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Dormant Seeding

Spring is most often associated with sowing seeds, mainly because it is standard in farming and gardening practices. But, if you are a prairie restorationist you have probably bundled up in winter clothes before seeding. Exposing seeds to winter’s punishing weather helps set the stage for successful germination come spring. This method is known as “Dormant Seeding” or “Frost Seeding” and it is becoming the preferred method for seeding most native plant species.

The 'Dormant Seeding' Method

Many native plant seeds, especially forbs (flowers), require a period of stratification before breaking dormancy. Stratifying seed can be done mechanically using several methods, the most common using sand paper. However, hiring Mother Nature to work for you has become recognized as the most effective method. Sowing seeds just before or during winter allows the snow, sleet, freezing rain, etc. to work the seed into the ground and the frost and thaw processes will then insert the seed into the proper depth in the soil. In May when soil temperatures begin rising the seed then “breaks dormancy.” Some of our more conservative species may require this to happen over the course of two or more winters before dormancy is broken.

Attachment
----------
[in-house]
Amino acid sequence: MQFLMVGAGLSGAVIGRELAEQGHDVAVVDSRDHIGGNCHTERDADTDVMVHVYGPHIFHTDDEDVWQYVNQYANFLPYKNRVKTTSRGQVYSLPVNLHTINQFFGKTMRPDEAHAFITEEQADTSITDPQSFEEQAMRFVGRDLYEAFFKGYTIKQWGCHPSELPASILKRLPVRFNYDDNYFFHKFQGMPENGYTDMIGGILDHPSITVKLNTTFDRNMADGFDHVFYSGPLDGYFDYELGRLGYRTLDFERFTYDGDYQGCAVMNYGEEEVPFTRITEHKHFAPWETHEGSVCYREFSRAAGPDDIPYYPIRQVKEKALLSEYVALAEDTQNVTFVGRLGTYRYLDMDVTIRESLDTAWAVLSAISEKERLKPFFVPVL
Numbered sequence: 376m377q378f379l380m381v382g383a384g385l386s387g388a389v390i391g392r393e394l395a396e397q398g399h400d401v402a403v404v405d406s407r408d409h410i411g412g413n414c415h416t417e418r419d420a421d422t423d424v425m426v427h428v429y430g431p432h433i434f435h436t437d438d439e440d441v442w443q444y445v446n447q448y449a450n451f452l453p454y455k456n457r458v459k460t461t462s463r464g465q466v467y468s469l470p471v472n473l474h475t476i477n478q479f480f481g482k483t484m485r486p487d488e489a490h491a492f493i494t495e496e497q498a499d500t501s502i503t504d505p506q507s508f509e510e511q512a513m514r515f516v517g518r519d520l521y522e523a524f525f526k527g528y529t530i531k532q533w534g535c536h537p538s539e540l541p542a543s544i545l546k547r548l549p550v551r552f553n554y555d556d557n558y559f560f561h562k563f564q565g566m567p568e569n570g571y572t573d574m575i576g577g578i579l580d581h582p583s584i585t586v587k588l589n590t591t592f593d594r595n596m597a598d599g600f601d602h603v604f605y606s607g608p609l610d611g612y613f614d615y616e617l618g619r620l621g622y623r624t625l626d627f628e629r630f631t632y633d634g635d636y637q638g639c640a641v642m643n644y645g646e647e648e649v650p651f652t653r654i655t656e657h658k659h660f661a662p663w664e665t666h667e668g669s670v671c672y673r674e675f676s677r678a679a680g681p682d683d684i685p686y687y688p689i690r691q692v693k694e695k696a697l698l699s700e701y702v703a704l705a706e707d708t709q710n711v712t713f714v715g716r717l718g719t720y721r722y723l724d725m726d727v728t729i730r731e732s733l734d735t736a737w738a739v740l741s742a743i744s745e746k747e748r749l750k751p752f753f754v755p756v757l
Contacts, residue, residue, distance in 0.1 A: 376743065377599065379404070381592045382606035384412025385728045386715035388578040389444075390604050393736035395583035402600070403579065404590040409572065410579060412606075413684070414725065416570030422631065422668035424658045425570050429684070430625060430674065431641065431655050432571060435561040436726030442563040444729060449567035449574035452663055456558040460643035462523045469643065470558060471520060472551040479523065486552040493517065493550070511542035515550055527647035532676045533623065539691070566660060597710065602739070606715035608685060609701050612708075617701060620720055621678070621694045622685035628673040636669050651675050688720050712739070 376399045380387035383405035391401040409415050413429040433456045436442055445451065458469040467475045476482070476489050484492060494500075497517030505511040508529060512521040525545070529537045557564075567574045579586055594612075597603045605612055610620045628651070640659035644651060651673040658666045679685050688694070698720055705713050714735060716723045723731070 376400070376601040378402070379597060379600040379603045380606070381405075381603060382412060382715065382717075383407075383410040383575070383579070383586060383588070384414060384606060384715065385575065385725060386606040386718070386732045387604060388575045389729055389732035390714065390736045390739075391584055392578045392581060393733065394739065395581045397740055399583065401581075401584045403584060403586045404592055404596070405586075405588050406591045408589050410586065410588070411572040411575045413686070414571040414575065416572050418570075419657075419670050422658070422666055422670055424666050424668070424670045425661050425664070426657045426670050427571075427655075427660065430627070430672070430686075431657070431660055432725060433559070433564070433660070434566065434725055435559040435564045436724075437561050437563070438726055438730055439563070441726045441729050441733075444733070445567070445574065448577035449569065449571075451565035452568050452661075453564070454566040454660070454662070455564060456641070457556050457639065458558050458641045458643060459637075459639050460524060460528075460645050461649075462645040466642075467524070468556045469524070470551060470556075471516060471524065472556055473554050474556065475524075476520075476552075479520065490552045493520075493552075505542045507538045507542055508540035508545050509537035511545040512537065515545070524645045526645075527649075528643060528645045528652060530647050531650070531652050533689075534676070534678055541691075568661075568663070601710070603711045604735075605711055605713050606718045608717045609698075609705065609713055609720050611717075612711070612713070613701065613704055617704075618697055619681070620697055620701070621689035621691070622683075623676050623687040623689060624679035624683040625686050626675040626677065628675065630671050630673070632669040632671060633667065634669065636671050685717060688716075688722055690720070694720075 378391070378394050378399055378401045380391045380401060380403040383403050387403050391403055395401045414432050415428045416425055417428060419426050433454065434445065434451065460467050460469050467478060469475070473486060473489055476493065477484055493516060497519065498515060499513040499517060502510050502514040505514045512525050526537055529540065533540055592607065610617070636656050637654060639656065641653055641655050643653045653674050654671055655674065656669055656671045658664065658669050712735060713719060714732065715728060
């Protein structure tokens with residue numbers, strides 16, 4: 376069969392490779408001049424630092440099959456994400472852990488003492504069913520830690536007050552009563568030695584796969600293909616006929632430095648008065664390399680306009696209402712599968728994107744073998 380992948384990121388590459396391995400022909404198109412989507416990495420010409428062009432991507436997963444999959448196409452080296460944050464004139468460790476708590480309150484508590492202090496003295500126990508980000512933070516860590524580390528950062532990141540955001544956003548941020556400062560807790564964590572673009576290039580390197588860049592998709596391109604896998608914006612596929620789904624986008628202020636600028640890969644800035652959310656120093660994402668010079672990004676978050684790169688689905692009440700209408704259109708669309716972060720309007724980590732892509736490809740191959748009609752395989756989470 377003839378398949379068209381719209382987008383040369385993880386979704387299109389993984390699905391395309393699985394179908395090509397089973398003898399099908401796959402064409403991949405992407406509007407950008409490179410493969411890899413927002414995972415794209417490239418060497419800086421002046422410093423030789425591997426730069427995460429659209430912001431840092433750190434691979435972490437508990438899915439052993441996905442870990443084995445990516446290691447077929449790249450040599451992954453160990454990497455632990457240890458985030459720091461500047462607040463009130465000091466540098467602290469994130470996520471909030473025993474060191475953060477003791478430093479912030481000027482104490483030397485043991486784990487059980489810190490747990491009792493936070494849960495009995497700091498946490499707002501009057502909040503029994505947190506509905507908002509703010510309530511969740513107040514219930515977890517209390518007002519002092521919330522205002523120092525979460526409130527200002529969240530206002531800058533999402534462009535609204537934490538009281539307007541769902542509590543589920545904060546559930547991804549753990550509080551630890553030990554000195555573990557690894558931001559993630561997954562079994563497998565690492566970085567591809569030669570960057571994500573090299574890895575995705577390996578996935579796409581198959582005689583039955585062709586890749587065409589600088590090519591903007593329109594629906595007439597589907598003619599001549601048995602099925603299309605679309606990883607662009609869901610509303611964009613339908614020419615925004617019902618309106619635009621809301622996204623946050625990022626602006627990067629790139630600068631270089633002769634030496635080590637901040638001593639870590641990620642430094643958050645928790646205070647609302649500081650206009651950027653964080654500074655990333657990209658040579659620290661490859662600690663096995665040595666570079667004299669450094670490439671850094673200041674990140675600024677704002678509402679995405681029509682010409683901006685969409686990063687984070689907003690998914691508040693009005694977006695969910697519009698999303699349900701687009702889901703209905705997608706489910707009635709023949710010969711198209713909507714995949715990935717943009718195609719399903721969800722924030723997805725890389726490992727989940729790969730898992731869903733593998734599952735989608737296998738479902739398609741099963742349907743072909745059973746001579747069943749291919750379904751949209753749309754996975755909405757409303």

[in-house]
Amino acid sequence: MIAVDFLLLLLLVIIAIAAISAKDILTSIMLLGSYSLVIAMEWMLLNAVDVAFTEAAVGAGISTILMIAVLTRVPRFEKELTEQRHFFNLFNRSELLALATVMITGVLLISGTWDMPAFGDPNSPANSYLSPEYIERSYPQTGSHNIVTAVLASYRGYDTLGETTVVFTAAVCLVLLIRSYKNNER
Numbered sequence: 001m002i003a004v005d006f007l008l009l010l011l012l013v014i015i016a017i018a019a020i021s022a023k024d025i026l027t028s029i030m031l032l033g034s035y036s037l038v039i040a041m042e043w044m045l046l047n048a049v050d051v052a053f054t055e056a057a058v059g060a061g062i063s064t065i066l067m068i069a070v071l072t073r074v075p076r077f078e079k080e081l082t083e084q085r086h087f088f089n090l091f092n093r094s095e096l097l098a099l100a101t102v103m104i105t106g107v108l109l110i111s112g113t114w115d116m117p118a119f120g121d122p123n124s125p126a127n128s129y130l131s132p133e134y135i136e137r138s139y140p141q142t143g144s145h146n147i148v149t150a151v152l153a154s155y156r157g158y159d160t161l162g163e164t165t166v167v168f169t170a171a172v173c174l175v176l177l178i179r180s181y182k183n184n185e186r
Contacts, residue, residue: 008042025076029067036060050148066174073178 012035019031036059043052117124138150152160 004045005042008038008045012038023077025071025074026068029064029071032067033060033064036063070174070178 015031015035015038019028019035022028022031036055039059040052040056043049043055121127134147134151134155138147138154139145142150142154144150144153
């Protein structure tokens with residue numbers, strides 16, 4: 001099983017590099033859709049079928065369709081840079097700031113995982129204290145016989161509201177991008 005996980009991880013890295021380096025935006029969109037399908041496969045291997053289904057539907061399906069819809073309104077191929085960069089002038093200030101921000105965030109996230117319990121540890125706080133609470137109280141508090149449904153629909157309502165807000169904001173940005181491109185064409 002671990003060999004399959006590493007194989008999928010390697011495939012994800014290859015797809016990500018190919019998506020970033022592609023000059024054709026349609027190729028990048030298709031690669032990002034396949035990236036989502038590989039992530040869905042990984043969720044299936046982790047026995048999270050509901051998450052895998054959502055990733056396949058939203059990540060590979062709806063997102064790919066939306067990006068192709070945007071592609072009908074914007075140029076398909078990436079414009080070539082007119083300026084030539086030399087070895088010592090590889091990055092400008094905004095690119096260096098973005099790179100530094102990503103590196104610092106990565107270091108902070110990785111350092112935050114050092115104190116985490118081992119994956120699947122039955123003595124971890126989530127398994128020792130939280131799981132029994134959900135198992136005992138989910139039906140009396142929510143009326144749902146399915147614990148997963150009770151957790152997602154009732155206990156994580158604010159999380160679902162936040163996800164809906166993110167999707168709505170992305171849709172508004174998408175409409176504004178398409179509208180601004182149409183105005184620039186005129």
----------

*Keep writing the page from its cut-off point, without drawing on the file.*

Another great advantage of dormant seeding is the increased ability to recognize where the seed has been sowed. This is helpful in maintaining equal coverage across the seeding zone and also allowing the seeder to see what species have been put where (see the picture below).

 
The seeding mosaic

The seeding mosiac

 Timing is very critical with this process. Ensuring that this is done ahead of a snowfall will decrease the chances of predatory theft (Birds consuming it) and blowing wind carrying it away. It also assists in the compaction of the seed as its weight will push the seed into the snow. Sometimes your seeding window will be just a day or two or a few hours, so you must be ready to go when that  time comes.

Truly a road commissioners nightmare, a winter that provides many freeze and thaw cycles, provides optimum conditions for a dormant seeding to be successful. Although every winter should provide enough temperature fluctutuation to stratify the seed, I am starting to believe that some winters are just better than others. Any opinions out there? 

Like many of the processes involved in prairie restoration we are emulating the cycles and timing of the long-term past, which is what dormant seeding is modeled after. Seeds drop in the fall and germinate in the spring; this has been happening in prairies for millions of years. There are certainly situations and species specific situations for which a spring or summer seeding can be advantageous, but a winter experience is still needed to provide the seed with the opportunity of a full and happy life. Much like being a resident of the Midwest… 

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